# float adds decimal points over time

Hello, I have this script that is supposed to instantiate an object 10 times, every time 1.74 units up.
The problem is that it isn’t 1.74 every time, but something a little bit different, so the objects spawn on those y cordinates:

• -17.4

• -15.66

• -13.92

• -12.18

• -10.44

• -8.700001 (Here it starts getting weird, by adding 0.000001)

• -6.960001

• -5.220001

• -3.480001

• -1.740001

• -1.192093e-06 (Here it is not 0, so I can not check on the IF statement)

``````   var posY : float = -17.4;
var posX : int = 0;
for(var i : int = 0; i <= 10; i++)
{
if(posY == 0)
{
continue;
Debug.Log("Never goes here");
}
inst = Instantiate(par, Vector3(posX, posY, transform.position.z), transform.rotation);
posX ++;
posY += 1.74;
}
``````

Hi there

I answered a similar question here earlier:

Basically, floating point numbers are simply not accurate and there’s no way around this. Remember that internally they’re stored as binary values, so it’s entirely possible there won’t be a precise representation for -17.4. What you’re seeing is a very gradual drift, which is expected behaviour. It’s probably insignficant from the point of what the user sees, but precise comparisons often don’t work.

The most common way of correcting your code would be:

``````//check the absolute (i.e. postive) value of posY is almost exactly 0
if(Mathf.Abs(posY) <= 0.00001f)
{
continue;
Debug.Log("Never goes here");
}
``````

Typically its best to avoid situations in which you need to compare a floating point numbers in this way, but when you have to do it, that’s the best approach to use.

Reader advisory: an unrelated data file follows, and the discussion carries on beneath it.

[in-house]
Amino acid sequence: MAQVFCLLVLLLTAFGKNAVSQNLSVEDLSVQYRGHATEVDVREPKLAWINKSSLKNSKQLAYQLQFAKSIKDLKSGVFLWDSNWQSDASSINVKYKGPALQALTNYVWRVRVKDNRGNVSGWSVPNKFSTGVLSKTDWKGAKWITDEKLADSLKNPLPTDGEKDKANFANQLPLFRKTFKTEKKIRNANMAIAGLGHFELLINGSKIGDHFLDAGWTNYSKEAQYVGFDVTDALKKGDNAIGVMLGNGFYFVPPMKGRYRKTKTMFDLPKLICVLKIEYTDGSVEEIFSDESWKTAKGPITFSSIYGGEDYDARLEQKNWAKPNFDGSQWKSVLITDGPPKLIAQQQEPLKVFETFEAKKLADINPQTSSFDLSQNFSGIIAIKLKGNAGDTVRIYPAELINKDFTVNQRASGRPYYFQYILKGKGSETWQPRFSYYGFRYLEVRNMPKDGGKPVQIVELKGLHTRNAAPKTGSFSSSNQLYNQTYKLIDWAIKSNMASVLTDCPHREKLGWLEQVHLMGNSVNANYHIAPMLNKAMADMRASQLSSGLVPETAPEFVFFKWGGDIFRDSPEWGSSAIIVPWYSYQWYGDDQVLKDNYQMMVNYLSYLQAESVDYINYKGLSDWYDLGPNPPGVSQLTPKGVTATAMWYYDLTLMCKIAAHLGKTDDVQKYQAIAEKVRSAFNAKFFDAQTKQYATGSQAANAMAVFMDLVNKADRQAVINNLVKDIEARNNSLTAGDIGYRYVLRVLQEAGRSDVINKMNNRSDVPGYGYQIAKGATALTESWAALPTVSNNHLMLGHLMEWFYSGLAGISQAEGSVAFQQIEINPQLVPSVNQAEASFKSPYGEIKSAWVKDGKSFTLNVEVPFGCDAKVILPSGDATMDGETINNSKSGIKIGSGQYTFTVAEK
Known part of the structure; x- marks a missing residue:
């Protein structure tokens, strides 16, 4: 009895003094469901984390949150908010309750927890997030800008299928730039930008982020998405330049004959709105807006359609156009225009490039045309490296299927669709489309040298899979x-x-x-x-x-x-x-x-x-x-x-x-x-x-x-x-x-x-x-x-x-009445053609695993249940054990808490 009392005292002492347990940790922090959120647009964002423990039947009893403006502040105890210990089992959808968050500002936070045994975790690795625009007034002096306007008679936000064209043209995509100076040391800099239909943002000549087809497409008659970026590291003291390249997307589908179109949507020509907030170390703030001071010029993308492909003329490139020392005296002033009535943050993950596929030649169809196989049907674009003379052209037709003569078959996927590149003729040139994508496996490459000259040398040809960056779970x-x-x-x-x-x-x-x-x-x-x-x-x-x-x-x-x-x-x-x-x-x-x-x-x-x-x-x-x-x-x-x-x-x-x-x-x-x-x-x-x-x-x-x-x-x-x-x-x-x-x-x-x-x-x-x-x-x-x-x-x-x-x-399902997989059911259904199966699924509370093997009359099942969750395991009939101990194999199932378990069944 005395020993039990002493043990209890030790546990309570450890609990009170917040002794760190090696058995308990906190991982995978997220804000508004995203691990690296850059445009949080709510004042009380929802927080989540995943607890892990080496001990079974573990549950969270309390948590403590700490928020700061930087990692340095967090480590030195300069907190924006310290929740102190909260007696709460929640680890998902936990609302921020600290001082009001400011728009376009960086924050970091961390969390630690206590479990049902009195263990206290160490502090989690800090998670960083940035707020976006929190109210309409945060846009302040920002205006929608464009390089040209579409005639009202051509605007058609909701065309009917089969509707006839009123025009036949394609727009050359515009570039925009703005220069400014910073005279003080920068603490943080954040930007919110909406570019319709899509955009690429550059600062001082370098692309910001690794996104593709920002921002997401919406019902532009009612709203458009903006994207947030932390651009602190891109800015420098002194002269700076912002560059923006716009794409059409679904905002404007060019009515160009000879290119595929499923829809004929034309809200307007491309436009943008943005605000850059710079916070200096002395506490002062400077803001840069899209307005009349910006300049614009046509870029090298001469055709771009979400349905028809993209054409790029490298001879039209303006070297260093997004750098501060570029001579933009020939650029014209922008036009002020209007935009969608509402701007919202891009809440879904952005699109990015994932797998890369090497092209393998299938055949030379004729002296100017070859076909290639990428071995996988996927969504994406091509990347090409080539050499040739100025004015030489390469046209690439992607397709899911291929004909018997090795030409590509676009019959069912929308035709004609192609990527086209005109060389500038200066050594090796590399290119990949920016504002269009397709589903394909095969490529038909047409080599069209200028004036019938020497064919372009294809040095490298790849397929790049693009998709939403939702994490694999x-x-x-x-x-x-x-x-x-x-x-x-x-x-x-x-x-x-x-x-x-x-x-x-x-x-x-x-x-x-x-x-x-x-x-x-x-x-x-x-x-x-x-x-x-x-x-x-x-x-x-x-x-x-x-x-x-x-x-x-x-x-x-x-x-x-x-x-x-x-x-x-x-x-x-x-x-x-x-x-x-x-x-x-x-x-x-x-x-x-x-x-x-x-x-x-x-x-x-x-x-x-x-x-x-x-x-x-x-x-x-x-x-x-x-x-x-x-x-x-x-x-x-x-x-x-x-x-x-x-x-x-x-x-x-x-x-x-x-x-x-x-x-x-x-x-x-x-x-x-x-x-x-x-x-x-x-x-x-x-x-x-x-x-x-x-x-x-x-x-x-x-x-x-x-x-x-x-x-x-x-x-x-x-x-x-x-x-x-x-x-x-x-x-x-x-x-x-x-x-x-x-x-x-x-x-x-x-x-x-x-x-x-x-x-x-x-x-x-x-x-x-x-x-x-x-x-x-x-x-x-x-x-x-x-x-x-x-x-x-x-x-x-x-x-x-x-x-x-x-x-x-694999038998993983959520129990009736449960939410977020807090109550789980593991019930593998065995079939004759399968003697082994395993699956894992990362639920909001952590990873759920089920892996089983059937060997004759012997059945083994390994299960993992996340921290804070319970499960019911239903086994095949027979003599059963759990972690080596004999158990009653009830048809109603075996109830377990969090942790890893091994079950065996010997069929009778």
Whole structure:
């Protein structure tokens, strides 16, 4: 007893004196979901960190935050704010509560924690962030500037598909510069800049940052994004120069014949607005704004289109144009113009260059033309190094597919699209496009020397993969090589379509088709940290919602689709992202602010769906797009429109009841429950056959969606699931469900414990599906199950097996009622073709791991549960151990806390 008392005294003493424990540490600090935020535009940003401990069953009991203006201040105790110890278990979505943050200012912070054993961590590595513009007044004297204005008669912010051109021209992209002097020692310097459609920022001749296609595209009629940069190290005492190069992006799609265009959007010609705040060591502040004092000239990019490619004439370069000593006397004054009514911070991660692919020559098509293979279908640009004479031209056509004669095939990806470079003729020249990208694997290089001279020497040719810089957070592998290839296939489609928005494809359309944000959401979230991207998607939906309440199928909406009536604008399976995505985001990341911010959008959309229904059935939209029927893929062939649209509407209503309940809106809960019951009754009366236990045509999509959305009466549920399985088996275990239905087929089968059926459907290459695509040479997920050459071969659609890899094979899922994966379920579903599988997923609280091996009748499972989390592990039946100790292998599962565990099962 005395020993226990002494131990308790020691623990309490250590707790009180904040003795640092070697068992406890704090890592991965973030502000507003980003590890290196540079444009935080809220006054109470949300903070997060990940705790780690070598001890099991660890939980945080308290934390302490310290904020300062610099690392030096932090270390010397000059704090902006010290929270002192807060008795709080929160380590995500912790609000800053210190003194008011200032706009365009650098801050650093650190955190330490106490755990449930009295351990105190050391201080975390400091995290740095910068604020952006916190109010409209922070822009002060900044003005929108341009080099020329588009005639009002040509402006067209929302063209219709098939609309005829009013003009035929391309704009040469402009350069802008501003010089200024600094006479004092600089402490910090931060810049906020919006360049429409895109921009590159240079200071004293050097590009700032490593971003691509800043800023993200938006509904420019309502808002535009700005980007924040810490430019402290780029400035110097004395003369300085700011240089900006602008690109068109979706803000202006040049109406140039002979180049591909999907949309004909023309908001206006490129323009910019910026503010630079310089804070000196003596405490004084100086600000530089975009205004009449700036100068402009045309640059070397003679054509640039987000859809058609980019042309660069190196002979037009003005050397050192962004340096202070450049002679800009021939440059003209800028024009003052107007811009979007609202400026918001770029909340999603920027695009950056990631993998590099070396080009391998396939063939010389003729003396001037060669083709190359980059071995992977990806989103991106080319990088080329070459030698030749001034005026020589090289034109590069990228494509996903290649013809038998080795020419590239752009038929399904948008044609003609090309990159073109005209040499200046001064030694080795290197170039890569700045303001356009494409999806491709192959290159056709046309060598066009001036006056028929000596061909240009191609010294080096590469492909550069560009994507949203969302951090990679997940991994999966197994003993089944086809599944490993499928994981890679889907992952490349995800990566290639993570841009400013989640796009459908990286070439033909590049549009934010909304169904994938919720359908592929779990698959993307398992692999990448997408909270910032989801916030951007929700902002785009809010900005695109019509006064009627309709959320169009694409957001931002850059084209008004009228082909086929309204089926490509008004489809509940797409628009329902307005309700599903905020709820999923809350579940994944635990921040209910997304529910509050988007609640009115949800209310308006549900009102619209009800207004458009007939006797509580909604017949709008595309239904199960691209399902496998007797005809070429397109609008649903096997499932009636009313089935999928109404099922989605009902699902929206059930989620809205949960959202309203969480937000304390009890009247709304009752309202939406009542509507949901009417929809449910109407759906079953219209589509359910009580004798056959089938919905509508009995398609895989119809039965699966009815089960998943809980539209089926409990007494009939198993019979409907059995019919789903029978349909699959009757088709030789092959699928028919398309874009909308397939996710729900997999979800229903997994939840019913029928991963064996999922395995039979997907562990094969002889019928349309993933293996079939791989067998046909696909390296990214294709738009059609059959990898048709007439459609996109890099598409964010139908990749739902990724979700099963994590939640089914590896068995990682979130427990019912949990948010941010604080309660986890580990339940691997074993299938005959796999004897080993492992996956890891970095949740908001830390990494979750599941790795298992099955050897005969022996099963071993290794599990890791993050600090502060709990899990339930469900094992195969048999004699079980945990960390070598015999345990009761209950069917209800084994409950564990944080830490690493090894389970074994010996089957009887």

Note that a more reliable way to write your code might be:

``````     var startPosY : float = -17.4;
for(var i : int = 0; i <= 10; i++)
{
var posX : int = i;
var posY : float = startPosY + i*1.74;

if(Mathf.Abs(posY) < 0.00001)
{
continue;
Debug.Log("Never goes here");
}
inst = Instantiate(par, Vector3(posX, posY, transform.position.z), transform.rotation);
}
``````

(sorry if that doesn’t compile - I’m a c# guy!)

By avoiding repeated additions that gradually get less accurate, I’ve ensured in this example that my numbers won’t drift. There will still be inaccuracies, but they won’t gradually get higher and higher and higher. I’m not entirely clear why you need the if statement at all, but maybe you just added it as an example?

Hope that helps

-Chris

Although the other answer will probably work, I’ll add this one, as the docs specify it as the way to check for float equality (Which is what you are trying to do)…

``````if (Mathf.Approximately(posY, 0))